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Maine Lobster Cobb Salad with Sweet Corn, Hard-Cooked Eggs, Bacon and Smoked-Tomato Vinaigrette
Makes 4 entree salads
*4 Smoked Tomatoes or Slow-Roasted Tomatoes (8 halves)
*3 tbls. + 1/4 cup fresh lemon juice
*1/3 cup + 1/2 cup extra-virgin olive oil
*Kosher salt and freshly ground pepper to taste
*8 strips smoked bacon, cut into 1/2-inch crosswise strips
*2 lobsters (about 1 1/2 lbs. each) cooked and shelled, claws reserved for garnish, or 6 to 8 ounces cooked lobster meat
*1 1/2 cups fresh corn kernels, blanched for 1 minute (about 2 ears)
*4 hard-cooked eggs, yolks sieved and whites finely chopped.
*1 small red onion, finely diced
*1 large avocado (preferably Hass), peeled, pitted and cut into 1/2-inch dice
*1/2 bunch finely chopped fresh chives
*Leaves from 1 bunch frisée lettuce
*1 head long (Trevisco) radicchio or round (Verona) radicchio, cored and thinly sliced
1To make the vinaigrette, combine the tomatoes, 3 tbls. lemon juice and ⅓ cup olive oil in a blender and puree until emulsified, about 20 seconds. Season with salt and pepper. Set aside, or cover and refrigerate for up to 3 days.
2In a small saute pan or skillet, fry the bacon strips until slightly crunchy and the fat has started to render. Using a slotted spoon, transfer to paper towels until ready to use.
3Cut the lobster meat into ½-inch pieces. In a large bowl, combine the cut-up lobster, bacon, corn, eggs, red onion, avocado and chives. Whisk the remaining ¼ cup lemon juice and ½ cup olive oil together and toss with the lobster mixture.
4To serve, toss the frisée and radicchio together and divide among the plates. Mound on some of the lobster mixture. Whisk the vinaigrette and drizzle it around the salads, placing an extra spoonful on top. Garnish with a lobster claw, if using, and serve.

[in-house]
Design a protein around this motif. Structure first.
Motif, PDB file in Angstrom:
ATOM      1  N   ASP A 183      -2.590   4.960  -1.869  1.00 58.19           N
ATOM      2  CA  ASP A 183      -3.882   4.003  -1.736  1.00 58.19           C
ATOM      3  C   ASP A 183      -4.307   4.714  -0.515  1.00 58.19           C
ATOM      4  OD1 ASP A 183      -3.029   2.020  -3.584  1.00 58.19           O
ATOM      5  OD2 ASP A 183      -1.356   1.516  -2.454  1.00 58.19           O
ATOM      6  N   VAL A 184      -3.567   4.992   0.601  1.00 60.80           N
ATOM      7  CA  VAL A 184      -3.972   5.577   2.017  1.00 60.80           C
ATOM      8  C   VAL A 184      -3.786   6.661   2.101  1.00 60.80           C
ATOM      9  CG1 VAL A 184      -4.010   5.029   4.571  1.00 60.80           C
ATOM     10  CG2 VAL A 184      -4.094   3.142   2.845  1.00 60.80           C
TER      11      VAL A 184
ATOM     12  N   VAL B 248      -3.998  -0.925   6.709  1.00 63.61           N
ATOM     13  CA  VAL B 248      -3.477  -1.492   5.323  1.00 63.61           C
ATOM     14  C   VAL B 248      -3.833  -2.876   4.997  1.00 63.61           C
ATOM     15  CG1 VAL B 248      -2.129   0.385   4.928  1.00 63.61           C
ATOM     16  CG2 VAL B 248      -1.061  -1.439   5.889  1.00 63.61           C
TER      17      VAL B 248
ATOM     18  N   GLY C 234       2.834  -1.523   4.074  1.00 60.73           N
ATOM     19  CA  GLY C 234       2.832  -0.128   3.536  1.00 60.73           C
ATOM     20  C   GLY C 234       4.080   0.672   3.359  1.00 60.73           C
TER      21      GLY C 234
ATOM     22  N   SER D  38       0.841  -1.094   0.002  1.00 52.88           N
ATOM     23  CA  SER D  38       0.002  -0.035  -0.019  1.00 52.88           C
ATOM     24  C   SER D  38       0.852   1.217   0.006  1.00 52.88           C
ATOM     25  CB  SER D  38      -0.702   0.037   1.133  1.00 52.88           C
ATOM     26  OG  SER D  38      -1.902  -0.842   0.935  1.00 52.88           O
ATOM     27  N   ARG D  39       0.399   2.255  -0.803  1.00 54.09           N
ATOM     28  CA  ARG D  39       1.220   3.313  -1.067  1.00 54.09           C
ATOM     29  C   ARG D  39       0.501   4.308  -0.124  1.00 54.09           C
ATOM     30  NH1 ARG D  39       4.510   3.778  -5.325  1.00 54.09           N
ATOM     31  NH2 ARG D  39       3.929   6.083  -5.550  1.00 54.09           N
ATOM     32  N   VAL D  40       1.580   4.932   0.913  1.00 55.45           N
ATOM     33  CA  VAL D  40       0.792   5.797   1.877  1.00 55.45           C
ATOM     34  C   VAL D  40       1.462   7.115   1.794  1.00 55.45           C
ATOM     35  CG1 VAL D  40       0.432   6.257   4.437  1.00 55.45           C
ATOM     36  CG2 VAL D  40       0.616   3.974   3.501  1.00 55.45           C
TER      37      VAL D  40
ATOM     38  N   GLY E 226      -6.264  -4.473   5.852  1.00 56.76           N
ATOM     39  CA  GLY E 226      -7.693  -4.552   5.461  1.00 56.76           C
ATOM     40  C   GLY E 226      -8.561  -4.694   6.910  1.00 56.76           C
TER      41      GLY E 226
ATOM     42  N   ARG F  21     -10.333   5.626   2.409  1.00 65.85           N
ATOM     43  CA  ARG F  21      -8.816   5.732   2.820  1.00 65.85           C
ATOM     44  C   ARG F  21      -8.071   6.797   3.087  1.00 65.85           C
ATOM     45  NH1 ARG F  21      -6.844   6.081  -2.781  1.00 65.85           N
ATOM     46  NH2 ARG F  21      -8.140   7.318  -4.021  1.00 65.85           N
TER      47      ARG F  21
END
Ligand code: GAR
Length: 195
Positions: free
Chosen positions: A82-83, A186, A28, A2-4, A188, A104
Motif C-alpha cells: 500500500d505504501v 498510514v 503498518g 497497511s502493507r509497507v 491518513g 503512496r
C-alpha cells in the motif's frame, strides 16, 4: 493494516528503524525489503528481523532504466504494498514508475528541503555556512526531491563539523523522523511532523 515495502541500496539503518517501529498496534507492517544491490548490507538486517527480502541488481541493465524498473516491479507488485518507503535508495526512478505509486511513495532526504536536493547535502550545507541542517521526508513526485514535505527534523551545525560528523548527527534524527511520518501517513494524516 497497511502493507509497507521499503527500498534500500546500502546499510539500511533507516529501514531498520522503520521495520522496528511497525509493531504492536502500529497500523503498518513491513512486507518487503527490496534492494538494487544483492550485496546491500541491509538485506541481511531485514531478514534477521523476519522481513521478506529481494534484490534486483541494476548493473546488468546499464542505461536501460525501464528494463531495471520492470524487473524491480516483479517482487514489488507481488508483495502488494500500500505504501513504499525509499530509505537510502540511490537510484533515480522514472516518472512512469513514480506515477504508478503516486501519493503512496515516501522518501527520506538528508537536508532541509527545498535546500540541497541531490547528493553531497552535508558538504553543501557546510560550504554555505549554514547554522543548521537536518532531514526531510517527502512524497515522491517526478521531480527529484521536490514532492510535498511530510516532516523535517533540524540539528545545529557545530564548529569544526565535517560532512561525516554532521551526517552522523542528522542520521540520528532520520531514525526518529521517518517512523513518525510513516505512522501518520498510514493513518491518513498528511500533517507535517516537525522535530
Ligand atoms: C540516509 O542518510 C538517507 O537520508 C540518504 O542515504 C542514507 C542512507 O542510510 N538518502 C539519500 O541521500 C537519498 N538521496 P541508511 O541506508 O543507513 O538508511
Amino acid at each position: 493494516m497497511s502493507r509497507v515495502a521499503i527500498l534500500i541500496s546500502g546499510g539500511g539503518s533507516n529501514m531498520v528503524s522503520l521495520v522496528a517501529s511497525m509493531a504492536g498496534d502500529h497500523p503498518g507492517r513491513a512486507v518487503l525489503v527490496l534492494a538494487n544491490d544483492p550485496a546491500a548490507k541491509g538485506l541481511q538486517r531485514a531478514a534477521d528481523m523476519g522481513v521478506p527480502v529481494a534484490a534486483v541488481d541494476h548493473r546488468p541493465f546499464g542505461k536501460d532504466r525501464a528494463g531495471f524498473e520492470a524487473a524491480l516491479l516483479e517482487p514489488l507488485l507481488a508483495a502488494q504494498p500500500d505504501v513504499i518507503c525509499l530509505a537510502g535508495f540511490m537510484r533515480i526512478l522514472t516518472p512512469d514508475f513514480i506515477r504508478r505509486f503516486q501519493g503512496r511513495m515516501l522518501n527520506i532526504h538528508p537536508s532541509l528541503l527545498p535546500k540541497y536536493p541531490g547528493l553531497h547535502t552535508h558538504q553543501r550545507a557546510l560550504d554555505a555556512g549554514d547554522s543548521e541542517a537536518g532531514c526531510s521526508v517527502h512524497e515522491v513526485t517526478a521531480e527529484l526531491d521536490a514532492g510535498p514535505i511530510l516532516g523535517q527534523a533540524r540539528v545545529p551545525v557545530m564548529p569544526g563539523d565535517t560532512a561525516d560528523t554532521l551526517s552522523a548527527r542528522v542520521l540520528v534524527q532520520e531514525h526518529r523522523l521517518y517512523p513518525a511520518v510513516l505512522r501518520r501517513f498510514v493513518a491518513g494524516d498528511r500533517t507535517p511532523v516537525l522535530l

Chef's Tips
  • All the tastes of a New England summer barbecue are in this popular entree salad, served for lunch at Farallon. Our lobster Cobb was inspired by the original salad, created at the famous Brown Derby in Hollywood. Of course, many great restaurant dishes have been born out of necessity, but the Cobb salad is legendary. It's said that in 1926, the Brown Derby's owner, Bob Cobb, searching the walk-in refrigerator for leftovers, gathered together a salad of chicken, avocado, watercress, bacon, hard-cooked eggs, tomatoes and Roquefort cheese, chopped them all up, then tossed them with French dressing. Syd Grauman was so enamored of the dish that he told all his friends about it and another Hollywood star was born. Bradford Barker, Farallon's lunch chef and a native New Englander, was inspired by the legendary Cobb to create a contemporary version that includes Maine lobster, corn and fris
  • Adding smoked rather than roasted tomatoes to the vinaigrette takes this salad to another taste level. The smoking takes less than 30 minutes, but you need either an outdoor or stovetop smoker. Slow-roasting is an alternative that gives a depth of flavor to even poor-quality, off-season tomatoes.
  • Another, more elegant, way to serve this dish is to slice, rather than chop the ingredients and present it as a composed salad, which would be good for a more formal luncheon.
  • Chicken, prawns, crab, even salmon could be used in place of lobster. The original Cobb included Roquefort cheese, but I wouldn't add cheese if you use fish or shellfish in the salad.
  • The tomato vinaigrette can be made as much as 2 days in advance. Except for the avocado, which should be diced and added just before serving, all the salad ingredients can be cooked and diced ahead and stored in the refrigerator for up to 24 hours.
  • You can use cooked lobster meat instead of preparing your own. If you don't have time to either smoke or roast your tomatoes, just make the vinaigrette with peeled, seeded and chopped tomatoes. The dish will still be delicious.
  • Salads are notorious for being difficult to pair with wines because of the acidity of vinaigrettes, but they needn't be. Just remember to choose a wine with enough of its own acidity to stand up to the dressing. This salad would be delightful with a crisp, barrel-fermented Sauvignon Blanc from California. A white Burgundy like M

Mark Franz of Farallon Restaurant, San Francisco, CA.